Pike County mourns loss of the ‘family doctor’

Published 12:00 am Thursday, November 15, 2001

Features Editor

Troy and Pike County lost one of its most loved and respected citizens Tuesday.

Dr. William Stewart died Nov. 13, 12001 and all those who knew him mourned the loss of the doctor who served the community so long and so well.

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Rosa Lee Boswell, knew "the good doctor" better than most. She worked along side him for many years and saw him during the best of times and the worst of times.

"And he was always at his best," she said.

Boswell was the nurse supervisor at Beard’s Hospital before the two Troy hospitals, Beard’s and Edge, became one in 1969. She worked with Stewart at both hospitals.

He was no less outstanding as a physician at Beard’s, where working conditions rather crude, than he was at the modern facility when it opened.

"No matter where he practiced or what the conditions were, Dr. Stewart was one of the best doctors I have ever known," Boswell said. "He was a professional – in the way he dressed, in the way he conducted himself with his patients and in the way he conducted himself with the medical staff. There is not one thing that I could say about Dr. Stewart that is not good."

Boswell said Stewart was kind and compassionate and always had the interest of his patients at heart.

"He looked after them and cared for them just like they were members of his own family," she said. "He didn’t let his own needs come before those of his patients and he was just as concerned about those of us who worked with him."

As the nurse supervisor, Boswell made hospital rounds with Stewart and saw him during good times and hard times.

"If he lost a patient, he was saddened and hurt but he was strong for the family," she said. "He would stay right there with them. I admired him for his compassion and his dedication. Everyone who knew him did."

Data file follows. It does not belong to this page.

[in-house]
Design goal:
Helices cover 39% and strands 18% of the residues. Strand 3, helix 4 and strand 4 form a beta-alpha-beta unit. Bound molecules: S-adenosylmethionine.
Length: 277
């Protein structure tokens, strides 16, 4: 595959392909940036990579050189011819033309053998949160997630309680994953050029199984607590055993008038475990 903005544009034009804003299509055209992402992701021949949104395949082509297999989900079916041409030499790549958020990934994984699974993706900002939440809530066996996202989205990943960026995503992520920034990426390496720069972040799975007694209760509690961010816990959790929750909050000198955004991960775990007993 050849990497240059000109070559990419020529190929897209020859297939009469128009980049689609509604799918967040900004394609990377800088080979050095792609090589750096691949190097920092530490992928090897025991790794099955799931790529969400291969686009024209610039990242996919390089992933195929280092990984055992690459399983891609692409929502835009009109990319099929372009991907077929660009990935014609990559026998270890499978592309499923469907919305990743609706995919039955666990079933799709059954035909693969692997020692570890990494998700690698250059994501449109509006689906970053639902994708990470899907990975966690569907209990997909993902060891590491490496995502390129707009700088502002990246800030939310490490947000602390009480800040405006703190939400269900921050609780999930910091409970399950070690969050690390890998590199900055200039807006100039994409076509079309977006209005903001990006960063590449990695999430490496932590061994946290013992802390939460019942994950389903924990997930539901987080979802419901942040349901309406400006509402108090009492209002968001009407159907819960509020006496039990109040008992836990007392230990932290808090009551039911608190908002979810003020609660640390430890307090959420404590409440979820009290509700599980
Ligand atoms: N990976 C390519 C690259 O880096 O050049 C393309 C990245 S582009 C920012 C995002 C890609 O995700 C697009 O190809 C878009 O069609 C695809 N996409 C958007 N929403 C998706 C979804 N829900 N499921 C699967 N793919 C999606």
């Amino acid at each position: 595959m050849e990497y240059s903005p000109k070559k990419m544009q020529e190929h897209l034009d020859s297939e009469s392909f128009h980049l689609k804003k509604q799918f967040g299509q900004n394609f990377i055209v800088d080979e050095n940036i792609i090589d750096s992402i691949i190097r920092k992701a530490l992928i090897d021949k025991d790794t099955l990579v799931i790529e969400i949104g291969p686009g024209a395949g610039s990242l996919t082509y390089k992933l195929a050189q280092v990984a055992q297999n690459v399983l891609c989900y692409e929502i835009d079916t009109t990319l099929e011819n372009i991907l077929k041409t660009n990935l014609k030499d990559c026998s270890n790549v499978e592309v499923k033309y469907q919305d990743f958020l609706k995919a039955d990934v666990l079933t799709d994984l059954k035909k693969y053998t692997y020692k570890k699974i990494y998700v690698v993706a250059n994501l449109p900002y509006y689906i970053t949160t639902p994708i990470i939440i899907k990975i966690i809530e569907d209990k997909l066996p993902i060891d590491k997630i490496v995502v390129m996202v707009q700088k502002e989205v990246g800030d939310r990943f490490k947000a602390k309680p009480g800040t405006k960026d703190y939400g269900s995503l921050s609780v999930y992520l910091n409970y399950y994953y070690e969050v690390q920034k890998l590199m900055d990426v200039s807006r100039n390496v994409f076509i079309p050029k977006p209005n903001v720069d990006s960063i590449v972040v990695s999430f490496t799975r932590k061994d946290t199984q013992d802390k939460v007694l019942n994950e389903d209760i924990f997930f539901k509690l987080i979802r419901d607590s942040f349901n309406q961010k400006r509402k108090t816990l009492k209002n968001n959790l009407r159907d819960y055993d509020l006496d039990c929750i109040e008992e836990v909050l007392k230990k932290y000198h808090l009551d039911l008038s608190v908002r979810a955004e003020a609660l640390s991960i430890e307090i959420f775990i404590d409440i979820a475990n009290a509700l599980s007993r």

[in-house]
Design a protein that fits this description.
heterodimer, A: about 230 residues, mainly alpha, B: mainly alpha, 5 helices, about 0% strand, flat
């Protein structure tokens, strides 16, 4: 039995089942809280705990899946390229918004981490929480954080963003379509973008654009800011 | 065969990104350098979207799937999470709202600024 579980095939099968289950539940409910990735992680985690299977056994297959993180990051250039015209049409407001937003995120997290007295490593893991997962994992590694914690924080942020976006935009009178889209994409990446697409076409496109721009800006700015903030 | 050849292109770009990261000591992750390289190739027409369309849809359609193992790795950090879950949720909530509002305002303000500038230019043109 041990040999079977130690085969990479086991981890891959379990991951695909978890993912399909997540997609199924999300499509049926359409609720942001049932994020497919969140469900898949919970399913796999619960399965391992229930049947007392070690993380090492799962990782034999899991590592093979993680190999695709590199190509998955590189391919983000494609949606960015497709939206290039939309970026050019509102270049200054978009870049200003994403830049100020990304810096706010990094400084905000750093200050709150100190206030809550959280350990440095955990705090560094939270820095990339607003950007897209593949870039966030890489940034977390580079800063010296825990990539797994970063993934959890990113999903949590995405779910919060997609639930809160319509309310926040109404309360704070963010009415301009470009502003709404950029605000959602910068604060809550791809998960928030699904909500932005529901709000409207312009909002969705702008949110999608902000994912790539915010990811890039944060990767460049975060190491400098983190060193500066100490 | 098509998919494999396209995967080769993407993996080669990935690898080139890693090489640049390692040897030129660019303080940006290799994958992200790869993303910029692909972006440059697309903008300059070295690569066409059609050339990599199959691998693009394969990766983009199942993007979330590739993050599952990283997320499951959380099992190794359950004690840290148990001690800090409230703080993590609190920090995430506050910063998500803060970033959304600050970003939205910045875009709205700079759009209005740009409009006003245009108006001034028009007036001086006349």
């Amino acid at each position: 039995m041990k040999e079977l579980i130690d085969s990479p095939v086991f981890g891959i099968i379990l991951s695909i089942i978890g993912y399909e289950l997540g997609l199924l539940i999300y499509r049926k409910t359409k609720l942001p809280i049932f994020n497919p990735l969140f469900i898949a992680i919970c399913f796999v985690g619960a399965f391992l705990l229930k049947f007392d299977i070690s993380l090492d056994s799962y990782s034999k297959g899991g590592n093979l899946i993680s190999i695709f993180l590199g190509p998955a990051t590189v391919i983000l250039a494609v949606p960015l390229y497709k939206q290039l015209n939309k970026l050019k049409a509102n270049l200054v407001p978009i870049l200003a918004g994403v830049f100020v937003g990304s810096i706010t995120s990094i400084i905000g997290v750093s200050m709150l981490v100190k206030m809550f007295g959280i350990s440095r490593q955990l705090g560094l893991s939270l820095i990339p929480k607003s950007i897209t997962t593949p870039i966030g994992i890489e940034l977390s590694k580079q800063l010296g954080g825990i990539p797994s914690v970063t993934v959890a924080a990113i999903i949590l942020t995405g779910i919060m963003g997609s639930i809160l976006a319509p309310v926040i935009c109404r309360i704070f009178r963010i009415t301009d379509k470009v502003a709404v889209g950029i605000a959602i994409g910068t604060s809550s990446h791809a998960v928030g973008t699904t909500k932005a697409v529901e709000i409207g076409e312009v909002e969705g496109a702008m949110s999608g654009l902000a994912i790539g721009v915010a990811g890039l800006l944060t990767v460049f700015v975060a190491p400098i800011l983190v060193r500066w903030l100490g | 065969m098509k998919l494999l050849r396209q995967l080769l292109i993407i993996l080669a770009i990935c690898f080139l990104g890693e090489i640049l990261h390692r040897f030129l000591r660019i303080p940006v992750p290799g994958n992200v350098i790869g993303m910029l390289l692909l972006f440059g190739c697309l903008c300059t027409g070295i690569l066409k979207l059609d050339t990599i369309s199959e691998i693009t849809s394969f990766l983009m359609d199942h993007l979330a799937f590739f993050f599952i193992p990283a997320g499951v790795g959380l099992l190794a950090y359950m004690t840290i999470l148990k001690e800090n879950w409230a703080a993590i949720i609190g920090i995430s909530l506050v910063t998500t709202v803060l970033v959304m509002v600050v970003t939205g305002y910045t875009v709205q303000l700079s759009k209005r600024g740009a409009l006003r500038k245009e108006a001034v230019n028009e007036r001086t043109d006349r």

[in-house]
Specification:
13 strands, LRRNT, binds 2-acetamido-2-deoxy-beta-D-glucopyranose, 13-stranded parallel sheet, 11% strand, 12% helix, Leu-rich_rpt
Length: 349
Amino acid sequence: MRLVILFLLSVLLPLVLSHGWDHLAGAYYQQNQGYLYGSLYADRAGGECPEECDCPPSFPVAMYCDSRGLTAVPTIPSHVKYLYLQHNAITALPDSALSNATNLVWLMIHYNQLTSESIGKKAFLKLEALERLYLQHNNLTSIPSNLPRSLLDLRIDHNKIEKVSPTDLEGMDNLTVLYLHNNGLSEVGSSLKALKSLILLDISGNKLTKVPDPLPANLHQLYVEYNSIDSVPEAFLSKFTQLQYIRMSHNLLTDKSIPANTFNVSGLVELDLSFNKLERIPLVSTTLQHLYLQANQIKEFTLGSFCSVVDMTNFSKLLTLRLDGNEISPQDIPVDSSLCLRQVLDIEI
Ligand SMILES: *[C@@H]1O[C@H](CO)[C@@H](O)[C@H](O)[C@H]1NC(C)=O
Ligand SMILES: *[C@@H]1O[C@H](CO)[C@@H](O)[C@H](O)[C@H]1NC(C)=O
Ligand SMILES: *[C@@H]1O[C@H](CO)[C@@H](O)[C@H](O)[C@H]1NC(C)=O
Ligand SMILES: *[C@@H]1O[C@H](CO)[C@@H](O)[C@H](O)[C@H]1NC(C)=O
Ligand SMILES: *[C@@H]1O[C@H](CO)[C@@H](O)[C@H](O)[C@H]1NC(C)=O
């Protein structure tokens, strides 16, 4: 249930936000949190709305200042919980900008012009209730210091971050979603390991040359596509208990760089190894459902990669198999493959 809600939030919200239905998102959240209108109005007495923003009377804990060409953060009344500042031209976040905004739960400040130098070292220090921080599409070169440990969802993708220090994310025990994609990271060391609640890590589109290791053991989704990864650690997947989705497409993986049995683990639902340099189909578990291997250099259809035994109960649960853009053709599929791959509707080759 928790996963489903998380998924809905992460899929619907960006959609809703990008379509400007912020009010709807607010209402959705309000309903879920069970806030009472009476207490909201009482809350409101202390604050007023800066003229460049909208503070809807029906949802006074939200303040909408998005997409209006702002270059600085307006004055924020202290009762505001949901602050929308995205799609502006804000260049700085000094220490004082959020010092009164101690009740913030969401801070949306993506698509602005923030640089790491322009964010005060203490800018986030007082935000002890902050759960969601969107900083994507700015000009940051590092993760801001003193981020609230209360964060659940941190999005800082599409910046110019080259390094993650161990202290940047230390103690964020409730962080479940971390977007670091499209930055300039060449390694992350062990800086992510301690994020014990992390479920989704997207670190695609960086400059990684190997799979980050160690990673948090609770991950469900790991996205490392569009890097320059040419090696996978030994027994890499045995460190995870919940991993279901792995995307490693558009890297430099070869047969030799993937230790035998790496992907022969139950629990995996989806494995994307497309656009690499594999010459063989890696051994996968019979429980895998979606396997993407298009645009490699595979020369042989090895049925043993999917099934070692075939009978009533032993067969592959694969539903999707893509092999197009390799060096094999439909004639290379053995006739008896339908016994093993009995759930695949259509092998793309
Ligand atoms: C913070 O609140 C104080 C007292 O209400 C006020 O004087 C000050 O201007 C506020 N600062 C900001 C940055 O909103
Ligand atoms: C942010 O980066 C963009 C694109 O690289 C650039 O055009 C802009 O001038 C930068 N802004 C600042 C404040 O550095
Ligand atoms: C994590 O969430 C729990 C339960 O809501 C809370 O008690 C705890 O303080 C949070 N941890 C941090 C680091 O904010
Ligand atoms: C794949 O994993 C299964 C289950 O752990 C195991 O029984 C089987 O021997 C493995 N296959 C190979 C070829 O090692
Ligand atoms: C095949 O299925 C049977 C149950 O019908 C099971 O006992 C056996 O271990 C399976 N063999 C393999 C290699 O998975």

Boswell said Stewart’s concern for the staff, with whom he worked, was just as great as for his patients and their families.

"We would both be tired, but if rounds were running late, he would say, ‘I’m interfering with your supper,’" Boswell said. "He thought about others before he thought about himself. The nurses were never afraid to call him with questions or concerns because he never complained. He was a good doctor and a good man. I worked with him for a long time and I don’t have one bad thing to say about him."

Pike County was a better place because Dr. William Stewart chose to hang his shingle here.

Willie Mae Hobbs knew him as "my doctor" and, like so many hundreds of others, she trusted him completely.

"My mama loved him," Hobbs said. "She thought he could do anything and I guess I did, too. He cared about his patients and he was there any time you needed him."

Stewart delivered Hobbs’ three daughters and, when her second daughter was born, her older daughter had severe bronchitis.

"Dr. Stewart went to the house to see about her every day that I was in the hospital, " Hobbs said. "That’s just the kind of doctor he was. He was the old-fashioned kind of doctor and he was one of the best."

Stewart will be fondly remembered by all who knew him and greatly missed by all who loved him and all who trusted him with their lives and the lives of their loved ones.

He leaves behind a legacy of caring and concern for his fellow man.

There is no greater tribute to a man than to be well remembered. Dr. William P. Stewart will be well remembered.